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Stuttering Research Lab

Dr. Tumanova’s primary research interest is on the onset and development of stuttering in early childhood. Her research focuses on the way in which temperament, linguistic and speech motor control abilities may influence the development of stuttering in young children. The overarching goal of her work is to contribute to the evidence-based assessment and treatment of stuttering as well as to our understanding of why some children develop chronic stuttering while others recover without treatment.

We are currently recruiting children ages 3 to 6 and 6-12 who Do and DO NOT stutter and their parents to participate in the research project “Speech characteristics and autonomic nervous system response in children who do and do not stutter.” We are studying how emotions and reactions to own speech and stutters influence occurrence and development of stuttering in preschool and school-age children. The study participation requires two visits to the Stuttering Research Laboratory on Syracuse University campus. As a part of the study procedures participants will receive a speech-language evaluation free of charge and will be compensated for their time. For more information about participating in this study, please contact Dr. Tumanova at stuttering@syr.edu or 315-443-1118.

Aphasia & Psycholinguistics Research Laboratory

Our research lab is interested in learning more about how to improve treatments for aphasia, a language disorder primarily caused by stroke. For example, severe fatigue is a common problem in the stroke population and current speech-language therapy does not typically include specific protocols for fatigue management. The lab’s is currently focused on developing an objective and clinically-practical method of detecting fatigue in patients with aphasia. With the development of better fatigue detection systems, we can begin to investigate effects of fatigue on treatment outcomes and develop protocols for fatigue management during therapy.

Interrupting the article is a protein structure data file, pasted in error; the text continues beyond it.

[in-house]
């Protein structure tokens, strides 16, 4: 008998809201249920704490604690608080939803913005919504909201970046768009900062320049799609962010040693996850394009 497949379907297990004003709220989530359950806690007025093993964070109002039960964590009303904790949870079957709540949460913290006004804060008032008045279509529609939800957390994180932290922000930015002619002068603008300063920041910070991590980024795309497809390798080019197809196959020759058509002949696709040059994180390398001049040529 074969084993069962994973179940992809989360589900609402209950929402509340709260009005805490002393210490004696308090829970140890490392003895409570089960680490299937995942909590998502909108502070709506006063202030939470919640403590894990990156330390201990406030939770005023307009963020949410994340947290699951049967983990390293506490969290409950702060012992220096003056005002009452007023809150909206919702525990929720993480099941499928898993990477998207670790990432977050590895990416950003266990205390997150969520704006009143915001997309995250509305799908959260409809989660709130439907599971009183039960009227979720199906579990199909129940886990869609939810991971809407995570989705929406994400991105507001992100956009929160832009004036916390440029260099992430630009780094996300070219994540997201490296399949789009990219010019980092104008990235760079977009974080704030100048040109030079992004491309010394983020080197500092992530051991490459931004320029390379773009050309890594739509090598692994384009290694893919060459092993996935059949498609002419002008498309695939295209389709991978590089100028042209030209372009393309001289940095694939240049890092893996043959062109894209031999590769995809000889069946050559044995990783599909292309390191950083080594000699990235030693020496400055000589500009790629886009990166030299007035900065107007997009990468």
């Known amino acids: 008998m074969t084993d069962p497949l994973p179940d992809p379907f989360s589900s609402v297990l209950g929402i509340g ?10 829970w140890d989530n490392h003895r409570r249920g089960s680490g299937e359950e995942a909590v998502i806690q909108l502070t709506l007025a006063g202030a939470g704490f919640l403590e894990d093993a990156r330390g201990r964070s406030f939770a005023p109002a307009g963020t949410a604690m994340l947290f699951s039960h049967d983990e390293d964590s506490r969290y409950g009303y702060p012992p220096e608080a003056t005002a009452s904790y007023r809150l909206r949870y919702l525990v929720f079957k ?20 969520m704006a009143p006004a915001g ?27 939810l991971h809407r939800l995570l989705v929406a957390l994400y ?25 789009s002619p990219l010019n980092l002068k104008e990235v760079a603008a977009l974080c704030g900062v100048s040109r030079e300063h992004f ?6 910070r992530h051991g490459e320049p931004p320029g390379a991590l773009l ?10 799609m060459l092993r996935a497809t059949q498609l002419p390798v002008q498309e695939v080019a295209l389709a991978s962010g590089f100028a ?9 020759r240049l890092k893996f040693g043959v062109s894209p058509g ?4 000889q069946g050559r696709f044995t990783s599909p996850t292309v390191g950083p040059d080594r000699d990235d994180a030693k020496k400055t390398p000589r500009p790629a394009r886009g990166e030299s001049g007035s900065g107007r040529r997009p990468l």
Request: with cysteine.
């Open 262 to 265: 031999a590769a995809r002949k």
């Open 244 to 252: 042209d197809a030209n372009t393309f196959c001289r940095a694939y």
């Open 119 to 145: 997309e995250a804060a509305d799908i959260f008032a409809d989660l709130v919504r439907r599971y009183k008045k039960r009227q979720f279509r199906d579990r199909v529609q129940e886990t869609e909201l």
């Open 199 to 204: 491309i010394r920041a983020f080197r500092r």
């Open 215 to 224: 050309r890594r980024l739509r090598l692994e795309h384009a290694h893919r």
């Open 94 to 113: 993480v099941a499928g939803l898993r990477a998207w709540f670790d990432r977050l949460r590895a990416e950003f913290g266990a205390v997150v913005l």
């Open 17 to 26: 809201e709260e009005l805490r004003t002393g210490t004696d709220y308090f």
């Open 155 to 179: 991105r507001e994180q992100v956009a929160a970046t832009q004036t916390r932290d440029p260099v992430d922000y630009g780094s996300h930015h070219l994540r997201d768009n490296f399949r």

In our current study on how fatigue affects cognitive processing, we are looking for adults between the ages of 18 and 75. Qualified participants are compensated up to $20. The research study requires 4.5 hours of time commitment. For more information about participating in this study, contact us at aphasia@syr.edu or 315-443-8688.

Speech Production Research Laboratory

The Laboratory Mission is to develop, evaluate, and disseminate neurolinguistically-motivated and evidence-based assessments and treatments for speech sound disorders.

Dr. Jonathan Preston directs the Speech Production Laboratory. He is a certified speech-language pathologist whose research involves assessment and treatment of speech sound disorders, including persisting articulation difficulties and childhood apraxia of speech. He has done work on the neurobiological basis of speech sound disorders in children.

Dr. Preston is conducting free treatment research with individuals ages 10 and up with speech articulation difficulties on the /r/ sound. Eligible participants would be evaluated and could receive up to 14 therapy sessions using ultrasound imaging of the tongue to help them see how their tongue should be moving as they practice target speech sounds. More information available here [link to http://speechproductionlab.syr.edu/Ultrasound_Research.html)

Voice and Swallowing Physiology Laboratory

The Voice and Swallowing Physiology lab is located in Suite 165 (165-08) at 621 Skytop Road. Research in the laboratory focuses on characteristics and mechanisms of voice and swallowing disorders. In voice, research addresses muscle activation patterns, respiratory physiology, aerodynamics, acoustics, and phonatory vibratory patterns that differentiate disordered from normal voice. Current projects are focused on determining differences in laryngeal physiology in people with Muscle Tension Dysphonia as compared to people without voice problems, and determining differences in acoustic properties during continuous speech for people with and without voice disorders.